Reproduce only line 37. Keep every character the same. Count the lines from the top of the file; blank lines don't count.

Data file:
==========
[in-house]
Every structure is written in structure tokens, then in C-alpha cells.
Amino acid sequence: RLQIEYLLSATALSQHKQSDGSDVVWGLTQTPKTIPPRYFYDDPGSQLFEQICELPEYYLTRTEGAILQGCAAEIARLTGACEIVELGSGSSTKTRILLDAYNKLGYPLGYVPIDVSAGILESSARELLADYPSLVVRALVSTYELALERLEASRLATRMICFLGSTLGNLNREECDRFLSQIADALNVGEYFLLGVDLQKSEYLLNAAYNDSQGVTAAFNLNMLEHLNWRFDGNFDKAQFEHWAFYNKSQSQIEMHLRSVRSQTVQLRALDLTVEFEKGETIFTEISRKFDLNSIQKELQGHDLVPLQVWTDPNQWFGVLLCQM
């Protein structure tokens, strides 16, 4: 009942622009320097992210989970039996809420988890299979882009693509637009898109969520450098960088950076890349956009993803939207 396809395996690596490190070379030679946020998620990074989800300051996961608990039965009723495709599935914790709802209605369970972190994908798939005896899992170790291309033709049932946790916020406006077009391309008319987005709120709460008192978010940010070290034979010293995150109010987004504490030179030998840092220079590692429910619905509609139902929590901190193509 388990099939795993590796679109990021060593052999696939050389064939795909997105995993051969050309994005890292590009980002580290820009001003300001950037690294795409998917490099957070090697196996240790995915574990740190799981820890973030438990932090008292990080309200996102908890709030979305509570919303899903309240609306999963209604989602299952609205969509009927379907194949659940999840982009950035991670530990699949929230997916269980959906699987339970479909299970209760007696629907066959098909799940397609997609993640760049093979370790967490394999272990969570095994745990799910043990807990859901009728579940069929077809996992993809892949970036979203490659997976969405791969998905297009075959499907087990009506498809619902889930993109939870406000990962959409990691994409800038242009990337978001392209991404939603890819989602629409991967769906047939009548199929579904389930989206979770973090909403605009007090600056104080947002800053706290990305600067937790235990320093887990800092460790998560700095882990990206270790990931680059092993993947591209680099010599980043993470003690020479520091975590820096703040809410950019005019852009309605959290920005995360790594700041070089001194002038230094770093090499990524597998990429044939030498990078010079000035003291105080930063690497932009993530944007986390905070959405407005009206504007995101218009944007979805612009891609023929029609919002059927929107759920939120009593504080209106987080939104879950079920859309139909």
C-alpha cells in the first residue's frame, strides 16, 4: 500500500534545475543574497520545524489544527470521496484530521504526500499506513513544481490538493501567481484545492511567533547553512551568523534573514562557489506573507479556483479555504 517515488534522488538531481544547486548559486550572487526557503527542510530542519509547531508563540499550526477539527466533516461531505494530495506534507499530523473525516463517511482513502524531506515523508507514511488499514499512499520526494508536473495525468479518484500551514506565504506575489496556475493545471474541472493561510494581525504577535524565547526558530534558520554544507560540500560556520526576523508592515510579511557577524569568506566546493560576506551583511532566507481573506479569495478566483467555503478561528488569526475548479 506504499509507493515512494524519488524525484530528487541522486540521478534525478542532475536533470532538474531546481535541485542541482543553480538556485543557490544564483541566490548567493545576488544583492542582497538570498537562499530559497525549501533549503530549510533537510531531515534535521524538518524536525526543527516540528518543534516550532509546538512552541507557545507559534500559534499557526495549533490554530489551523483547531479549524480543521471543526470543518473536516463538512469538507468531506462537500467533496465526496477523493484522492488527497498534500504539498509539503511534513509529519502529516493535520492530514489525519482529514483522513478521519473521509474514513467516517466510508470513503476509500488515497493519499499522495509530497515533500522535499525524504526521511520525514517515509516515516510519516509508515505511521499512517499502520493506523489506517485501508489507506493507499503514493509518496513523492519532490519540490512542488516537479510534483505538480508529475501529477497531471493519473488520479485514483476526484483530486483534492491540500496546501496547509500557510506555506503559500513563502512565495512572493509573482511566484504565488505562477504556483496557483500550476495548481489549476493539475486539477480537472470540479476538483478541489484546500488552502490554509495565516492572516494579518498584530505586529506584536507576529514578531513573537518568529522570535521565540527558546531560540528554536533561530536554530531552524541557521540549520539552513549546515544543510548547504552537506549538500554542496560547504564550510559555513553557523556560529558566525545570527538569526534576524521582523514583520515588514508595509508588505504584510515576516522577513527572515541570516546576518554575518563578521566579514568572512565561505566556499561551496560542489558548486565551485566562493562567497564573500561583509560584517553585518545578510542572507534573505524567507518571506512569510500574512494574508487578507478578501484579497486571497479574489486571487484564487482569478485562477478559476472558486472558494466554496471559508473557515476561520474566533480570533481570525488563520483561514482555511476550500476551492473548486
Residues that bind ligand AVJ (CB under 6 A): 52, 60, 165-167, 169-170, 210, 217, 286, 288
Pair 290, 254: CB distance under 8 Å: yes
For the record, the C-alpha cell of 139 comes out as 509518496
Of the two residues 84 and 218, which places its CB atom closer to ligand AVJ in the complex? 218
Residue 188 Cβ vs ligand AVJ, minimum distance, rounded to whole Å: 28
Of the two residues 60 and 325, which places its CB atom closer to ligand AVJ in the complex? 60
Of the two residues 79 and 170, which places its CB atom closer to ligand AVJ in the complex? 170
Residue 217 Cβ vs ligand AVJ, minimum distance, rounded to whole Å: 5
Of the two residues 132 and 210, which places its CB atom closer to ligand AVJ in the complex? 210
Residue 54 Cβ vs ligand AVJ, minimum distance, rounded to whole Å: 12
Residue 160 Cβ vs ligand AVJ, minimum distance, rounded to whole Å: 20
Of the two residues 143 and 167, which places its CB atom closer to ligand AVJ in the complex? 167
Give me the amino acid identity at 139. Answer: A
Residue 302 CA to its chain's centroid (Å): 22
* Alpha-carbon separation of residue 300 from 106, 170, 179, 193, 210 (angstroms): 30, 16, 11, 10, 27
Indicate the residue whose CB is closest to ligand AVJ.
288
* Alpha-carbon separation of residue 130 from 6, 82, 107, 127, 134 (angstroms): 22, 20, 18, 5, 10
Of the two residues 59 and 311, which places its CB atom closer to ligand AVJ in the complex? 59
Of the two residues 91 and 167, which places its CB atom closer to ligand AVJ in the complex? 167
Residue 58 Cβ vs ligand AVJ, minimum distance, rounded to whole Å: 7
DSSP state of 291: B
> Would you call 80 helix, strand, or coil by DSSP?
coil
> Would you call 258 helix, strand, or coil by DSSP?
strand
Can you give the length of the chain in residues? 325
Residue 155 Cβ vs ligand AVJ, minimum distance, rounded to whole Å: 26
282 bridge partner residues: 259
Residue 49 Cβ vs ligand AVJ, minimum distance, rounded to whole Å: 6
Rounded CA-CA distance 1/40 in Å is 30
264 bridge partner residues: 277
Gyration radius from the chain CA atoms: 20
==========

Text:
264 bridge partner residues: 277